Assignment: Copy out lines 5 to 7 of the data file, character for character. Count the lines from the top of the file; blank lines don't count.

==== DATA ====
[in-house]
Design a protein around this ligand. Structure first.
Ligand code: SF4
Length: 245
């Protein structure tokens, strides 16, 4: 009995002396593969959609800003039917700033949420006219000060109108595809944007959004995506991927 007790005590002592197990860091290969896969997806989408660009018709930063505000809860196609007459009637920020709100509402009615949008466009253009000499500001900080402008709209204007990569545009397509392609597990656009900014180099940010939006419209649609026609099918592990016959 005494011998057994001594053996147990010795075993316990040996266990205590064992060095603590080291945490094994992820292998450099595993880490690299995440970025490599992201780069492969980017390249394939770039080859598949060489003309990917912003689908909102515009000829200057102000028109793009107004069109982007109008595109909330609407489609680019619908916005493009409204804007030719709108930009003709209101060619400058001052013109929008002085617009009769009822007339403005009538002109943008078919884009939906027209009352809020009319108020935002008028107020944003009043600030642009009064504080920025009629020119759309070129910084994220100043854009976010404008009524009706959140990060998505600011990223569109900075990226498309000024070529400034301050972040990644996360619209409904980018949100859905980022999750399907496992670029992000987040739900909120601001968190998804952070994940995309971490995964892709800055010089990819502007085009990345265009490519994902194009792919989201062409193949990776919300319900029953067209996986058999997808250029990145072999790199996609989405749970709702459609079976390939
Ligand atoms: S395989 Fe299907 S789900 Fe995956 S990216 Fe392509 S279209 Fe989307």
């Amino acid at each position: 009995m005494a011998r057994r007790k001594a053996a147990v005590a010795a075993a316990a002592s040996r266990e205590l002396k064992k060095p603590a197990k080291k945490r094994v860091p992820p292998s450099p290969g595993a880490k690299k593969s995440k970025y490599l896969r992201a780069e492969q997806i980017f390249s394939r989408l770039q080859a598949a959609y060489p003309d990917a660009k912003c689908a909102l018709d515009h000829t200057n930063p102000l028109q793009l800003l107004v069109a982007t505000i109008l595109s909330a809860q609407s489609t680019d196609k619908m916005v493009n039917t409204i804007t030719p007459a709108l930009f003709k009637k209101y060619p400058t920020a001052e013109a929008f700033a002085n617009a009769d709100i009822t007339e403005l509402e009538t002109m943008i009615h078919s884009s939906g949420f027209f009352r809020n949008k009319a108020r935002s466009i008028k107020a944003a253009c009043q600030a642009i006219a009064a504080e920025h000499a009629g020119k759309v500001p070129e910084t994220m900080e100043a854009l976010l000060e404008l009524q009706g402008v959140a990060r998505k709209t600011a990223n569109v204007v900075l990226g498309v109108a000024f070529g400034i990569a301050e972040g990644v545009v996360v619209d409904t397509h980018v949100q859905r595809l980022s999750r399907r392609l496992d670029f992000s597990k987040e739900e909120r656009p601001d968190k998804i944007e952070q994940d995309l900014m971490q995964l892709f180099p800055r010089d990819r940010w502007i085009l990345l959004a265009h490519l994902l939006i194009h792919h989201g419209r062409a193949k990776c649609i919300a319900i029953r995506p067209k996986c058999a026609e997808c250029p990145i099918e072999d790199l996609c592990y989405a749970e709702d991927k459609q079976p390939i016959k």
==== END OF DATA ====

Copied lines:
């Protein structure tokens, strides 16, 4: 009995002396593969959609800003039917700033949420006219000060109108595809944007959004995506991927 007790005590002592197990860091290969896969997806989408660009018709930063505000809860196609007459009637920020709100509402009615949008466009253009000499500001900080402008709209204007990569545009397509392609597990656009900014180099940010939006419209649609026609099918592990016959 005494011998057994001594053996147990010795075993316990040996266990205590064992060095603590080291945490094994992820292998450099595993880490690299995440970025490599992201780069492969980017390249394939770039080859598949060489003309990917912003689908909102515009000829200057102000028109793009107004069109982007109008595109909330609407489609680019619908916005493009409204804007030719709108930009003709209101060619400058001052013109929008002085617009009769009822007339403005009538002109943008078919884009939906027209009352809020009319108020935002008028107020944003009043600030642009009064504080920025009629020119759309070129910084994220100043854009976010404008009524009706959140990060998505600011990223569109900075990226498309000024070529400034301050972040990644996360619209409904980018949100859905980022999750399907496992670029992000987040739900909120601001968190998804952070994940995309971490995964892709800055010089990819502007085009990345265009490519994902194009792919989201062409193949990776919300319900029953067209996986058999997808250029990145072999790199996609989405749970709702459609079976390939
Ligand atoms: S395989 Fe299907 S789900 Fe995956 S990216 Fe392509 S279209 Fe989307």
């Amino acid at each position: 009995m005494a011998r057994r007790k001594a053996a147990v005590a010795a075993a316990a002592s040996r266990e205590l002396k064992k060095p603590a197990k080291k945490r094994v860091p992820p292998s450099p290969g595993a880490k690299k593969s995440k970025y490599l896969r992201a780069e492969q997806i980017f390249s394939r989408l770039q080859a598949a959609y060489p003309d990917a660009k912003c689908a909102l018709d515009h000829t200057n930063p102000l028109q793009l800003l107004v069109a982007t505000i109008l595109s909330a809860q609407s489609t680019d196609k619908m916005v493009n039917t409204i804007t030719p007459a709108l930009f003709k009637k209101y060619p400058t920020a001052e013109a929008f700033a002085n617009a009769d709100i009822t007339e403005l509402e009538t002109m943008i009615h078919s884009s939906g949420f027209f009352r809020n949008k009319a108020r935002s466009i008028k107020a944003a253009c009043q600030a642009i006219a009064a504080e920025h000499a009629g020119k759309v500001p070129e910084t994220m900080e100043a854009l976010l000060e404008l009524q009706g402008v959140a990060r998505k709209t600011a990223n569109v204007v900075l990226g498309v109108a000024f070529g400034i990569a301050e972040g990644v545009v996360v619209d409904t397509h980018v949100q859905r595809l980022s999750r399907r392609l496992d670029f992000s597990k987040e739900e909120r656009p601001d968190k998804i944007e952070q994940d995309l900014m971490q995964l892709f180099p800055r010089d990819r940010w502007i085009l990345l959004a265009h490519l994902l939006i194009h792919h989201g419209r062409a193949k990776c649609i919300a319900i029953r995506p067209k996986c058999a026609e997808c250029p990145i099918e072999d790199l996609c592990y989405a749970e709702d991927k459609q079976p390939i016959k």